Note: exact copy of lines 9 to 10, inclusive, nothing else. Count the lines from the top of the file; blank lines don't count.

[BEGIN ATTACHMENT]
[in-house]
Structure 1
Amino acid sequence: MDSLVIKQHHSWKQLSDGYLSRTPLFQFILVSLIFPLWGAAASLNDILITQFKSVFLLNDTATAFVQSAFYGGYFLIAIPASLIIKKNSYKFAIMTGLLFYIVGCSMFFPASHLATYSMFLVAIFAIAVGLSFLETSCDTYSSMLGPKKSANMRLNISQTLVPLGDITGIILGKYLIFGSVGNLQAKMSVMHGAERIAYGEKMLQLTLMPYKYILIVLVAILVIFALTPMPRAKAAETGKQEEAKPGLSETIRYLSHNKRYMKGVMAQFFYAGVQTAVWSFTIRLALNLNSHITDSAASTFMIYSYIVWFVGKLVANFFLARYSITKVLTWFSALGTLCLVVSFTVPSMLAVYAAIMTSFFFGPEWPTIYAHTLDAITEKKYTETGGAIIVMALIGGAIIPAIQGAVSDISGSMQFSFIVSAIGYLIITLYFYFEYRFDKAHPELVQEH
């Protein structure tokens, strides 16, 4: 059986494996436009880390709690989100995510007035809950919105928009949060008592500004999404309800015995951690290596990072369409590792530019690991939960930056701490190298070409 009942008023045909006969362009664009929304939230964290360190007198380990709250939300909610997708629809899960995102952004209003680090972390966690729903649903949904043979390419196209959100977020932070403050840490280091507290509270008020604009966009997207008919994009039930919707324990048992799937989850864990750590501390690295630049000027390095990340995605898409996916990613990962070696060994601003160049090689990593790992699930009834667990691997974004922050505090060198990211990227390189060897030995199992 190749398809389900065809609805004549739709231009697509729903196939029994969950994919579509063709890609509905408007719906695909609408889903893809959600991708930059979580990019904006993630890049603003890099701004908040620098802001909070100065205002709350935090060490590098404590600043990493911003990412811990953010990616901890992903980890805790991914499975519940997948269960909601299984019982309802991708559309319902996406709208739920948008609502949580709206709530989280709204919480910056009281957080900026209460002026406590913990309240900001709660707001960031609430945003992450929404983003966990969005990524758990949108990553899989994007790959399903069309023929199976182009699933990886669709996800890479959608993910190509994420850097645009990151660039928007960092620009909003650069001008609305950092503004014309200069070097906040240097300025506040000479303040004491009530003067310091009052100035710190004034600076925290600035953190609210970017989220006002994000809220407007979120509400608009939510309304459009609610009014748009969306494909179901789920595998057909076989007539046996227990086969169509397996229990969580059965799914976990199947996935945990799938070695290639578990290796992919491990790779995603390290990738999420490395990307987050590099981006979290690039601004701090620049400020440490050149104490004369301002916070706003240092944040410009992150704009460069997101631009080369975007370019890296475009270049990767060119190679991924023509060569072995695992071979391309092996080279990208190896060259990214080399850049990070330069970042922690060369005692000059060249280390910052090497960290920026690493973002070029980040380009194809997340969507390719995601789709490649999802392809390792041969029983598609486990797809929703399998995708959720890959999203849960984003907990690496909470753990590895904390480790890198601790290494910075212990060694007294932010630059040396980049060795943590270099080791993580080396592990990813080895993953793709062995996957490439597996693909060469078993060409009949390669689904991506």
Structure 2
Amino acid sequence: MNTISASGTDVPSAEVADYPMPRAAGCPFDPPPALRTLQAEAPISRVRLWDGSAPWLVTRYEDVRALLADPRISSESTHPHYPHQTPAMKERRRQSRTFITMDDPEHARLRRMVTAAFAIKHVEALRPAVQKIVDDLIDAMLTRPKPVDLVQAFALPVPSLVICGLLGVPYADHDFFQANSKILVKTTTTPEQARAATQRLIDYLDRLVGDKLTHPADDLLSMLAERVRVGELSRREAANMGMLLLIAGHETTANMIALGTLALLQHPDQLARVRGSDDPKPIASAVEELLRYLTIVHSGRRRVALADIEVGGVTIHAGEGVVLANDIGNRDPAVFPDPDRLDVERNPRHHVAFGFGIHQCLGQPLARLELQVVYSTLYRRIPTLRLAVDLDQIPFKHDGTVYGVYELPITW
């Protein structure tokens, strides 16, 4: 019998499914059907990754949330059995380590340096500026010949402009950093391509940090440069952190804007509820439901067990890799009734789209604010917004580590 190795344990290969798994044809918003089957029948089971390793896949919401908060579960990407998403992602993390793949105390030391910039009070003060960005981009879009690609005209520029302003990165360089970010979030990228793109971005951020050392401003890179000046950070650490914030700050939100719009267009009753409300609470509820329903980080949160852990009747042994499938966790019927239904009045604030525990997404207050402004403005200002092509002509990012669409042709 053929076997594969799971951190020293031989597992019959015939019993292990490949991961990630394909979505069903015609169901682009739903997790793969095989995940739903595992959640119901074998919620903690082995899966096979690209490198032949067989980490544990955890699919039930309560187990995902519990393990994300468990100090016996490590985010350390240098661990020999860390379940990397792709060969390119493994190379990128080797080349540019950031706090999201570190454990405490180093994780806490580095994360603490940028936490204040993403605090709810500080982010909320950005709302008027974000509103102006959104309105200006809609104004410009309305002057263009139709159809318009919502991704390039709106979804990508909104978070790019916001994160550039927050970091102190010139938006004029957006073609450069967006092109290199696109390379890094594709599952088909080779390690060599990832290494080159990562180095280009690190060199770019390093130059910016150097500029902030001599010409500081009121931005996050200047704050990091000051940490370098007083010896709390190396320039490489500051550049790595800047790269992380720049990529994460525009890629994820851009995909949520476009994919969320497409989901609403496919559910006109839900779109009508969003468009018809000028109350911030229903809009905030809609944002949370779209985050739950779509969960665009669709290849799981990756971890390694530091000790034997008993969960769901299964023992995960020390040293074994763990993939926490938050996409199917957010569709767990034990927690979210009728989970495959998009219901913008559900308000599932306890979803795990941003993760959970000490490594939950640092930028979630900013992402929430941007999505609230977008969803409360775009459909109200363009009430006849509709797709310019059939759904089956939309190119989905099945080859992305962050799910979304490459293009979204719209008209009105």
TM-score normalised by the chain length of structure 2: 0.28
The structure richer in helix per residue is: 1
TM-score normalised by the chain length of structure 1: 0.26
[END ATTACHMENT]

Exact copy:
The structure richer in helix per residue is: 1
TM-score normalised by the chain length of structure 1: 0.26